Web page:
Thursday, March 13, 2008

Now Leaving Baltimore, Realm of the Living


The Wire's Omar Little

Lyfe Jennings - Stick-Up Kid

WKNDPRNS mash-up: Stick-Up Kid/Seelenluft "Manila" (Ewan Pearson Remix)

One of the more decisive moments of the closing end of The Wire's fifth season has to be the gunning down of Omar, who over the course of the show had become a beloved, Billy the Kid-type of outlaw, whose murderous actions were governed by a moral code, which forbid him from taking a victim outside of the drug game, and from using profanity. All things considered, this event, in episode 58, cannot have come as a surprise to any viewer familiar with the show's refusal to spare any of its characters, sympathetic or otherwise, from a chance at the wrong end of a street weapon.
In a recent interview with The Onion, the show's creator, David Simon, the conversation repeatedly revolves around the dramatic significance of Omar's death, at the hands not belonging to one of his several major nemeses, but a young insolent camp, carried out not in the heat of a desperate struggle, but in the midst of Omar buying Newports.

I have to disagree here with Simon's understanding of the difference between classic Greek tragedy and its modern form. Why? Because although Simon does affirm that what his show is doing involves updating Greek tragedy for contemporary urban America, he doesn't mark what's really at stake in this transformation, which doesn't at all involve adopting wholesale the classic, for example, Sophoclean, framework. Here's Simon:

"We didn't kill Omar because viewers liked Omar. Neither did we let him live because viewers liked Omar. It was beyond petition. We weren't being nasty to viewers, and we weren't being solicitous of viewers. We were serving the story. I don't know what else to say. If people didn't realize after this many seasons of The Wire that they were watching a Greek tragedy, writ across a modern American city… And if they thought that there were going to be redemptions and [awarding] of the Fates, they need to get up with their Medea and Antigone and their Oedipus. I don't know what else to say."

The difference which Simon is eliding here, between the ancient and modern tragic, is most succinctly expressed by the German poet Friedrich Hoelderlin, in an 1801 letter to a close friend. Here is what he writes about the specifically modern form of tragedy:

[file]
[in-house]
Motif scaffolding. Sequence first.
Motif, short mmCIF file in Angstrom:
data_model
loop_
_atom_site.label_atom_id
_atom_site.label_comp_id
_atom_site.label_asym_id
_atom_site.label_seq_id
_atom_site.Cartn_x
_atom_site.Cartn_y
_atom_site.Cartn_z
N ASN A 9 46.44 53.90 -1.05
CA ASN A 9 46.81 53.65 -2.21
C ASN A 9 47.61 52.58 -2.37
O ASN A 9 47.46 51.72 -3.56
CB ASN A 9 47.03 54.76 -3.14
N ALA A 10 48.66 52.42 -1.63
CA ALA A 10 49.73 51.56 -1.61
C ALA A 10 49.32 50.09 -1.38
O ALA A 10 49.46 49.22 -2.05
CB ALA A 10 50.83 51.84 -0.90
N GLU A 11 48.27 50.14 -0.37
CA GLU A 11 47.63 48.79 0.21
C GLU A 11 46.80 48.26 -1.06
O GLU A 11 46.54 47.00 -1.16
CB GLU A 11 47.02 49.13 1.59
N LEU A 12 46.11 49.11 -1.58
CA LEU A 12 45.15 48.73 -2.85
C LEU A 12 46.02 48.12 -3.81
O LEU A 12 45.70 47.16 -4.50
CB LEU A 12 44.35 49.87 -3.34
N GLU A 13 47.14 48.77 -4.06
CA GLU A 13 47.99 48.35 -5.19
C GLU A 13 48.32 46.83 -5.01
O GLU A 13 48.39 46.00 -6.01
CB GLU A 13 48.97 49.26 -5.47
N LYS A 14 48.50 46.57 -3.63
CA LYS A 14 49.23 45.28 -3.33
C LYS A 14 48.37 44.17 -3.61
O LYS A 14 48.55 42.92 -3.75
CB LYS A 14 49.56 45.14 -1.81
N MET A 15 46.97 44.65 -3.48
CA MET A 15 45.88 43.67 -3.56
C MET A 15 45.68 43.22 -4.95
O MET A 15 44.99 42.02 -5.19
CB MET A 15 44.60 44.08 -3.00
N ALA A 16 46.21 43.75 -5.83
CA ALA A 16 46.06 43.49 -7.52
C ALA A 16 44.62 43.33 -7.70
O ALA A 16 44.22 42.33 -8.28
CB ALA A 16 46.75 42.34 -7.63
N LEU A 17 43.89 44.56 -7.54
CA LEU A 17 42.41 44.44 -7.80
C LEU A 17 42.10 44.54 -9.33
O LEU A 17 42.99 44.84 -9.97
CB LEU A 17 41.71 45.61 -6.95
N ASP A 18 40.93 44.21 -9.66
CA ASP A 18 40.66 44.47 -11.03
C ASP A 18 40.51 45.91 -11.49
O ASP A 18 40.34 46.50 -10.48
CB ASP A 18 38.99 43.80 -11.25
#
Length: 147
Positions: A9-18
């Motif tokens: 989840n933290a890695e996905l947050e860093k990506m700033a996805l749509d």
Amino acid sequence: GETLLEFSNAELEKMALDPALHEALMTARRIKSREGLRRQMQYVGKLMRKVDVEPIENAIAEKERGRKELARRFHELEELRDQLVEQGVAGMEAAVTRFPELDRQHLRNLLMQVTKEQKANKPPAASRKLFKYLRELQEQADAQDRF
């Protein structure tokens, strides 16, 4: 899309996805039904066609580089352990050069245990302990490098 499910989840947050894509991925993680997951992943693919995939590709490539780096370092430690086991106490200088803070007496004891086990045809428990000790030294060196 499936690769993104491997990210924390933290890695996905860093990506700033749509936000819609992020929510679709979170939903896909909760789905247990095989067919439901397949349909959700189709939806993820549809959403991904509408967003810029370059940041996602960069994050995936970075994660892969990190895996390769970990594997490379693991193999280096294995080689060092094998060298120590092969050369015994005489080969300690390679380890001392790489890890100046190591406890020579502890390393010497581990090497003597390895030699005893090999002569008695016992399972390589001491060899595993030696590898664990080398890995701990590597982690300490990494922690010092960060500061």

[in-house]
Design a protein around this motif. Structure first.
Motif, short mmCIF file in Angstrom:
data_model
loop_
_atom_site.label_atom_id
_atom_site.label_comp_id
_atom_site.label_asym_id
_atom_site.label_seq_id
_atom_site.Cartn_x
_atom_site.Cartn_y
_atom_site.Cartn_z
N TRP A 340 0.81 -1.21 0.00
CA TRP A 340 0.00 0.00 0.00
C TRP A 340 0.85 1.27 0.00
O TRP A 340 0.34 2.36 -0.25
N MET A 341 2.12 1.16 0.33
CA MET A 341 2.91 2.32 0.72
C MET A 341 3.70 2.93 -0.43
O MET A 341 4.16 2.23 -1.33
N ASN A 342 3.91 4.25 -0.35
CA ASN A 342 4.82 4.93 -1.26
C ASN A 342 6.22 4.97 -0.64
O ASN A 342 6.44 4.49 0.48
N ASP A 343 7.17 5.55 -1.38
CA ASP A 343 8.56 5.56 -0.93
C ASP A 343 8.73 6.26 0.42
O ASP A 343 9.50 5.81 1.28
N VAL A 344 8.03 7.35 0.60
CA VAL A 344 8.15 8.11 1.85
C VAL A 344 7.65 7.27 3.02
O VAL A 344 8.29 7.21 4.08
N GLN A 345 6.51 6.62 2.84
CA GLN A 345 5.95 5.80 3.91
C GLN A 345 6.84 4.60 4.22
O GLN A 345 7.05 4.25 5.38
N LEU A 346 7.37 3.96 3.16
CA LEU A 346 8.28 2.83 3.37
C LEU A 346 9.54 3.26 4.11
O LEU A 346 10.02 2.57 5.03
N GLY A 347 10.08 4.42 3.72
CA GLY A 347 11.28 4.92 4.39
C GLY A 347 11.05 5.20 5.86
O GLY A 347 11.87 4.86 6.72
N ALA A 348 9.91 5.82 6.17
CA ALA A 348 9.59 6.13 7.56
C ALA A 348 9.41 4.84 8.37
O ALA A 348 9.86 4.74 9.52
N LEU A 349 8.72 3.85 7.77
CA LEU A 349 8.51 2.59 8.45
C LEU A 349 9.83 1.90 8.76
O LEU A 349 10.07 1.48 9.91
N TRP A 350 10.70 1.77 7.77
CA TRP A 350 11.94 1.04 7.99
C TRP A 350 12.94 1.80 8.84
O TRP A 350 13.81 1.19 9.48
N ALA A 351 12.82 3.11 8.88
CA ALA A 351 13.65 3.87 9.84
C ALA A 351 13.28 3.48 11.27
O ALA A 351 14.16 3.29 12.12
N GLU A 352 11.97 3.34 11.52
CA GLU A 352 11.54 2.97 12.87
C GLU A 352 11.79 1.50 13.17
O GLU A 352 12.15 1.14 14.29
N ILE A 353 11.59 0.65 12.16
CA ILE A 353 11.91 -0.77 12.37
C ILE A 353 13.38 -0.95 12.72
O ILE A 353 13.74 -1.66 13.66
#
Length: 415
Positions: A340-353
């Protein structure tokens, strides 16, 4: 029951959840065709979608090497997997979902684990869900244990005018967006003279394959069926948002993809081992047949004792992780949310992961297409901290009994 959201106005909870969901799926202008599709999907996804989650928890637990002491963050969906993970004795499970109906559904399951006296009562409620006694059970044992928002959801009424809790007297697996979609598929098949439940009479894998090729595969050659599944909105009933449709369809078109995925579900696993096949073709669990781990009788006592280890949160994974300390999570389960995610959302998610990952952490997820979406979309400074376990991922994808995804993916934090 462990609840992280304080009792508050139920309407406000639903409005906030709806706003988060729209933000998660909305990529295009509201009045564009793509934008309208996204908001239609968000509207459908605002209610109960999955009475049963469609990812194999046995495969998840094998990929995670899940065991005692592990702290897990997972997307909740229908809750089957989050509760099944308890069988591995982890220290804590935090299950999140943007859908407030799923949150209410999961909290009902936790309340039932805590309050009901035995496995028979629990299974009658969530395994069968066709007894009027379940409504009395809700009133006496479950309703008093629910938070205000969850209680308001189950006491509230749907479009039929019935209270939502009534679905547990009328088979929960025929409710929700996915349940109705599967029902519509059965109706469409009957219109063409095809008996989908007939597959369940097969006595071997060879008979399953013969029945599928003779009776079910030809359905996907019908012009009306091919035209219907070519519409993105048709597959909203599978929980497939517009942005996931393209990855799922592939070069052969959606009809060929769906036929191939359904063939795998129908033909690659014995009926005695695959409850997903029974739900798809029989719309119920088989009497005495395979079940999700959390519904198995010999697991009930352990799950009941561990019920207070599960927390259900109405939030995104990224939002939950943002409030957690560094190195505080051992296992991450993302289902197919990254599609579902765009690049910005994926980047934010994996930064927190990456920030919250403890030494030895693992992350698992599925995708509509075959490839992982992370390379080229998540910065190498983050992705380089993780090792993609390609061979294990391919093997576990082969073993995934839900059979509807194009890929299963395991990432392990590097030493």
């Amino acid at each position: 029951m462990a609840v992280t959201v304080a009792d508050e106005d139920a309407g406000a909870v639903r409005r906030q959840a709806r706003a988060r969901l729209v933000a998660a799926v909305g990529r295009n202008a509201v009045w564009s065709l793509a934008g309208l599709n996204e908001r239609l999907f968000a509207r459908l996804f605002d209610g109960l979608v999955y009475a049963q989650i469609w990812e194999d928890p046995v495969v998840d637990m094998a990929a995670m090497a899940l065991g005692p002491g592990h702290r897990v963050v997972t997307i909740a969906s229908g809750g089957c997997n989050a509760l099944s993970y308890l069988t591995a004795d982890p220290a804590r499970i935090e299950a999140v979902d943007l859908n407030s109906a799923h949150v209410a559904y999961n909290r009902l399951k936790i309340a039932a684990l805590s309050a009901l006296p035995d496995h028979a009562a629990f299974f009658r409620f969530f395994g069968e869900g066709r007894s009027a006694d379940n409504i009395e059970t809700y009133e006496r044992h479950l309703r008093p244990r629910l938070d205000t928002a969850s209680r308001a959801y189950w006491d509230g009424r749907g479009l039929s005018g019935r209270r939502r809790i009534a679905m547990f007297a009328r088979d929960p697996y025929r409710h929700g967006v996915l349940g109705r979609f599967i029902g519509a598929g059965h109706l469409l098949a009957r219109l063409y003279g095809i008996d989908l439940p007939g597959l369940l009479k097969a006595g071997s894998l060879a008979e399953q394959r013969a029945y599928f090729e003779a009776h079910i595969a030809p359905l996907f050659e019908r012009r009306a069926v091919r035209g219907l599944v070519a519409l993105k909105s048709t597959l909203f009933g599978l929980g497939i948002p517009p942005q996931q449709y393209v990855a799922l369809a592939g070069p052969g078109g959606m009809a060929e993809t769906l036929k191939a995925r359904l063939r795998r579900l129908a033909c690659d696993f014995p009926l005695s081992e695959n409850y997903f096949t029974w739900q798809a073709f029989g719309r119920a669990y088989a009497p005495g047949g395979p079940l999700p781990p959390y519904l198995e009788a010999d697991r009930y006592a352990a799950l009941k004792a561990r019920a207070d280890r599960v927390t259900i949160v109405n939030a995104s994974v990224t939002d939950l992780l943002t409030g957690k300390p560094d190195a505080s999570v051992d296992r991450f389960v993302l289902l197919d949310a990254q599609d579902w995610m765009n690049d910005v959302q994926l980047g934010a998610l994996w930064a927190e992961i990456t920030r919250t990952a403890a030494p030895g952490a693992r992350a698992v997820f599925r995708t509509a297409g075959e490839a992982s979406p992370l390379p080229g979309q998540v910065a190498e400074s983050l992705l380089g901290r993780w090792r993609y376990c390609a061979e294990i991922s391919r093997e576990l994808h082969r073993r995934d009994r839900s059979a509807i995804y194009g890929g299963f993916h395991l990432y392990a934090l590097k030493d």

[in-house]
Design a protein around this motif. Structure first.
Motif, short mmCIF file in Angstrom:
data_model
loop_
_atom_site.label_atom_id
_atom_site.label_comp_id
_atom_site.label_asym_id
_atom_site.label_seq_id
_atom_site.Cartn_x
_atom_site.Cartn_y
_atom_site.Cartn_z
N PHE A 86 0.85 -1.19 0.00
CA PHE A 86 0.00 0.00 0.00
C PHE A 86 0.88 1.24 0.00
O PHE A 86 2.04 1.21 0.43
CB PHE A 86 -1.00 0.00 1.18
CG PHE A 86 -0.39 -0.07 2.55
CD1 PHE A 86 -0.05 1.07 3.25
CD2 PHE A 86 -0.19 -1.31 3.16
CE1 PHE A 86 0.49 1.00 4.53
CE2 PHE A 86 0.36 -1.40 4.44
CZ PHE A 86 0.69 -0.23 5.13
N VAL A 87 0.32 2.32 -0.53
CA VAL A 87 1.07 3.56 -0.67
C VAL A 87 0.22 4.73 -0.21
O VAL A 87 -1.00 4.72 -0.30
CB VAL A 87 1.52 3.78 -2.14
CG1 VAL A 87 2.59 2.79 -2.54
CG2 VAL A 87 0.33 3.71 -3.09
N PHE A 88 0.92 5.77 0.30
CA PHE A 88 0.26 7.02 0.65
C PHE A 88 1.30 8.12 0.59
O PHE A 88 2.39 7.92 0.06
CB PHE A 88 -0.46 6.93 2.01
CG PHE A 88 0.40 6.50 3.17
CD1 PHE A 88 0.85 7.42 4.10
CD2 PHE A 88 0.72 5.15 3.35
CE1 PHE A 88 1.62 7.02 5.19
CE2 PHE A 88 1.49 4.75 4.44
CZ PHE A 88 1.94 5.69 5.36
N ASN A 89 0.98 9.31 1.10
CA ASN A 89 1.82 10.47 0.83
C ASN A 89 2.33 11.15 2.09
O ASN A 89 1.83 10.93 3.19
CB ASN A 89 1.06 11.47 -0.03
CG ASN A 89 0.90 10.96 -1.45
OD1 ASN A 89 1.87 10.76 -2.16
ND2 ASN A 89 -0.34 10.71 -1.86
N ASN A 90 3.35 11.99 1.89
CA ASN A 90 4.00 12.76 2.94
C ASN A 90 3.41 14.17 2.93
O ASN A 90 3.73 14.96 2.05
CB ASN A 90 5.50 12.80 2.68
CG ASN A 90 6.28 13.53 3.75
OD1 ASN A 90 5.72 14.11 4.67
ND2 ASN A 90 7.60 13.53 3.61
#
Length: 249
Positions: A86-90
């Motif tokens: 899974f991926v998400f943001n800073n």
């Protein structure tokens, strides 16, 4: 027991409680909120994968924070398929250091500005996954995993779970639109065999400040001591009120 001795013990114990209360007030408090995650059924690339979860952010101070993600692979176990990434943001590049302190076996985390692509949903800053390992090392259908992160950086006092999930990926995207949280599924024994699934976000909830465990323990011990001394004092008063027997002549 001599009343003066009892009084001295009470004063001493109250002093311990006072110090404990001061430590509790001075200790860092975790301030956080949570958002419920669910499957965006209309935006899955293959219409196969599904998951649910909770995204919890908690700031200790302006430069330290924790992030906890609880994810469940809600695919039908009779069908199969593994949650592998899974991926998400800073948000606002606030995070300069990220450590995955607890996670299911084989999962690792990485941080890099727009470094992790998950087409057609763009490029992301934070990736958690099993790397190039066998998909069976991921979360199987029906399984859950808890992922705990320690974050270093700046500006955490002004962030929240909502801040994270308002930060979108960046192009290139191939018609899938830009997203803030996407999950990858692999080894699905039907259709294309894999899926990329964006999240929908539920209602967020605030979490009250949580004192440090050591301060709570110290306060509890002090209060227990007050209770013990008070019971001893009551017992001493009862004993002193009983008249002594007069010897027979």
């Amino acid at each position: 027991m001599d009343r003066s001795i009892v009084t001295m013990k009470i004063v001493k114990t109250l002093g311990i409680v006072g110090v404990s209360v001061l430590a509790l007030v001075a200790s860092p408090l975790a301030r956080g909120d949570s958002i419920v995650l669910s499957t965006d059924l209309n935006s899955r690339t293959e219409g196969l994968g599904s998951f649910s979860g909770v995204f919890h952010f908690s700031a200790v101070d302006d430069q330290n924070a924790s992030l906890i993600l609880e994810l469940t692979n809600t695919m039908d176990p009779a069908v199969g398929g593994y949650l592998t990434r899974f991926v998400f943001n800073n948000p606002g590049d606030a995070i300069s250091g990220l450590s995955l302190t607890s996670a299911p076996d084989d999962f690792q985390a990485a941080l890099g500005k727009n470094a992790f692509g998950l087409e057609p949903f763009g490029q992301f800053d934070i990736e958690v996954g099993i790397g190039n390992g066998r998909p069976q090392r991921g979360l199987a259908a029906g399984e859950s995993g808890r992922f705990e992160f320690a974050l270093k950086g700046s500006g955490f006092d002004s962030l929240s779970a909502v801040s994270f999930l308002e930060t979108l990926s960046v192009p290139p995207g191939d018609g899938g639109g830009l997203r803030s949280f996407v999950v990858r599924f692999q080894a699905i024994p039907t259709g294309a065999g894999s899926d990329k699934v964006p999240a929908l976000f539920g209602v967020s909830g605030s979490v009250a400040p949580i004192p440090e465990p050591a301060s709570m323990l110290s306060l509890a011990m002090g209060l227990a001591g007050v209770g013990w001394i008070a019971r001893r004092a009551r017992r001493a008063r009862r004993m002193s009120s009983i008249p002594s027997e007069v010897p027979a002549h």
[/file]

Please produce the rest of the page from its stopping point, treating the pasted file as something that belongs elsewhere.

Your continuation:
"For this is the tragic for us: that, packed into some simple box, we very quietly move away from the realm of the living, and not that-consumed in flames-we expiate the flames which we could not tame."

Germany's Friedrich Hölderlin

Being consumed in flames, achieving a Phoenix or Oedipus-like intensity, in which one brings about one's own cataclysmic annihilation, is the Greek tragic. This is not how Omar goes. Gunned down in the convenience store, Omar doesn't go up in flames, he lies down in the street. In theological terms, the Greek tragic hero couples with the gods, and is destroyed in their fire. The modern tragic hero, if he's still a hero at all, operates in the space traced out by the absence of the gods, not, as in ancient Greece, their unbearable overproximity.

Lyfe Jennings

In honor of Omar, you'll find links above to Lyfe Jenning's 'Stick-Up Kid' (sent to us by Braja) which is a pretty solid Usher-R. Kelly-type smooth jam, except for chorus, which is 'I be robbin these niggas...I'm a stick-up kid, that's how I live, I admit it..' In other words it's a smooth criminal ballad. The WKNDPRNS mash-up stitches Jenning's jam on top of elements from Ewan Pearson's remix of 'Manila', which has a great goofy-weird vocal about a dance party breaking out during an ominous airplane flight.

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